Hello this is a 3D solar system implementation with OpenGL and C#. I tried to keep it simple because this demo it’s only for educational purposes. It contains the sun, the
planets, our moon, the planet’s orbit and some stars. It is programmed in Visual Studio 2008 and I have upgraded it to Visual Studio 2010 without any
kind of issue. I used for this demo the TAO namespace which it’s an interop between the OpenGL dll and the .NET
Framework. I also used Shadowengine, a small graphic framework developed by me to get rid you of the tedium of hard coding the loading of textures, the
initialization of the graphic context among others.
A solar system viewed form a 3D programmer point of view
does a solar system contains? Planets, Sun Satellites, the universe, the stars
on the background, etc. As a 3D programmer you should think in how you will
translate those entities to a programming environment. For example the
universe it’s all black with having a black background you will solve that
problem. OpenGL has that function already Gl.glClearColor(0, 0, 0,
1);//red green blue alpha will set the background color to black. About the
stars, they are just bright dots, and then you could make use of the OpenGL
primitives that handles the drawing of points. You can make use of random
functions to generate a lot of stars if you are too lazy to place them one by
one, you just have to make sure they don’t fall inside the solar system. The
planets are just spheres with textures; they also have orbit and a rotation on
its own axis so you have to keep track of those using variables and updating
them because they change over the time. If you don’t want to make a sphere in
3D max you may use OpenGL quadrics because it defines a set of basic
trigonometric shapes and also define texture coordinates for them. Satellites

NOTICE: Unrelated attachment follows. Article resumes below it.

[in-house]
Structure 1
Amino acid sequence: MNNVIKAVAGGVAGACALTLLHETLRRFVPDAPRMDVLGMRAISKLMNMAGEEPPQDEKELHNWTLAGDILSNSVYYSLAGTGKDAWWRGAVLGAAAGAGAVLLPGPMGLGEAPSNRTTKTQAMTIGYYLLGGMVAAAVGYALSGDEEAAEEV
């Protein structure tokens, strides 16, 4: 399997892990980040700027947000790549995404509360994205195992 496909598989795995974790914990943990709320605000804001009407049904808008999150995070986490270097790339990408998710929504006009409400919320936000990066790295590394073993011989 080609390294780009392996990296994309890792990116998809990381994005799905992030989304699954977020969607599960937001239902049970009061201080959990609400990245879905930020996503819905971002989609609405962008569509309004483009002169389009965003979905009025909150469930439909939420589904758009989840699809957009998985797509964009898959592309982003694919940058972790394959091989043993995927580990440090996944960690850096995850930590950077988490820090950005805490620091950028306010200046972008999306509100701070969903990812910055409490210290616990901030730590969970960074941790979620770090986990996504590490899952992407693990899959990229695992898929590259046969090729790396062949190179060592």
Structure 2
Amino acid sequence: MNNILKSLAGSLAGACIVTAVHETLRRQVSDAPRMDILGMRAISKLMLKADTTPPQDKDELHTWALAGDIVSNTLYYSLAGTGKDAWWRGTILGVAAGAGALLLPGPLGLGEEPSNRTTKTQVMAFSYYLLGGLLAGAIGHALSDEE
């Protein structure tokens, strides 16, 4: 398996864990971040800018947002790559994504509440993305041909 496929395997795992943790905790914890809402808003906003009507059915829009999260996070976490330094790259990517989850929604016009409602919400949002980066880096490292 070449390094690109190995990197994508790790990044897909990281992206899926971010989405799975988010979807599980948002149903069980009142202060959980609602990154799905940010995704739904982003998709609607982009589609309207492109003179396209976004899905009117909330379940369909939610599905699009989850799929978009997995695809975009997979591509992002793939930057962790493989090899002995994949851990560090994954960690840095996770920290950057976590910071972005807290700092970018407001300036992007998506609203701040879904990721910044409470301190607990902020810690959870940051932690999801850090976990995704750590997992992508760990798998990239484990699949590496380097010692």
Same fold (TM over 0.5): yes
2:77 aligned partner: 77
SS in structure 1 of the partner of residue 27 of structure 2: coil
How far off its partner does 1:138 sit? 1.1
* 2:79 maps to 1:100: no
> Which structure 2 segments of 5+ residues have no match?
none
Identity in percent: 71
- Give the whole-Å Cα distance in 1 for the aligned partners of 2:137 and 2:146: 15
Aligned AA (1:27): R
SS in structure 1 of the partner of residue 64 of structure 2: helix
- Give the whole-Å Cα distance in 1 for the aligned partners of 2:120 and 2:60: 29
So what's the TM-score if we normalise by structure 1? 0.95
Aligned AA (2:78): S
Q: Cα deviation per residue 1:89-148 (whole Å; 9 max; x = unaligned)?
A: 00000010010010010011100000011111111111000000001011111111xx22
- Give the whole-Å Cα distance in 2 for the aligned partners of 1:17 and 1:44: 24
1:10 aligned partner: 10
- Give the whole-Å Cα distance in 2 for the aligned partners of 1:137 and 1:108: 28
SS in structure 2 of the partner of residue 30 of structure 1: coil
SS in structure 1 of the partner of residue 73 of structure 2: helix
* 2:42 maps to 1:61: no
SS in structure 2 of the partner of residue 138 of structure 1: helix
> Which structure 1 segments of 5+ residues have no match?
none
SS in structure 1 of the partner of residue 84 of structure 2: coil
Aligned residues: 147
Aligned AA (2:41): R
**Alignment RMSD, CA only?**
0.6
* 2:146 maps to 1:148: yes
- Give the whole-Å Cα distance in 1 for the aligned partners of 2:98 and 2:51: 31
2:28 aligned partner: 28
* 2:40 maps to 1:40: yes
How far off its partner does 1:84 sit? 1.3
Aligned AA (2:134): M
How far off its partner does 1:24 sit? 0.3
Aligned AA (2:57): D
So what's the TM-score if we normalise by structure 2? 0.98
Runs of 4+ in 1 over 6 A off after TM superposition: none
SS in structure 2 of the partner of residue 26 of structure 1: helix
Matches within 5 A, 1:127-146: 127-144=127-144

are the same that planets the only difference is that the axis of their
rotation is located on a planet not on the sun.
Using the code
References in the project include those to
ShadowEngine and TAO.OpenGL. I will like to
point out that I don’t create a graphic context in a standalone window Like
XNA, GLUT, ETC. My graphic context it’s created in a common .NET win form.
This is very convenient because you can draw 3D content in any window mixing
it with 2D components. Later on you will see that you can draw 3D content in
almost any 2D component. The OpenGL initialization function only needs a
valid component handler to start drawing 3D.
Here is the list of project classes:
This is a classic FPS
(First Person Shooter) camera. The explanation of how a FPS works goes beyond
the scope of this article. They work the following way:
- The mouse
it’s centered on the middle of the screen.
- When the
user moves the mouse a delta X and Delta Y are calculated from the beginning
Delta X and Delta Y are translated into angles and how is how the camera it’s
- When you
wish to move forward or backward the camera will move in the direction that are
the angles pointing.
- You may
take a look at
public void Update(int
pressedButton) at the camera class
to have a better understanding
This class name its
self explanatory, it is the main and only form of the project. It contains the
call to the texture loading, the 3D context initialization, the drawing of the
3D content, among others. It also handles the user key and mouse input. Because
the 3D content requires at least 30 frames per second to be drawn I used a timer
and placed all the drawing code inside it. One point of interest would be that I start a 3D context on a panel, so I can set the panel in any position I want inside the form. Here is the code of the 3D
initialization on the project:
hdc = (uint)pnlViewPort.Handle;
string error = "";
OpenGLControl.OpenGLInit(ref hdc, pnlViewPort.Width, pnlViewPort.Height, ref error);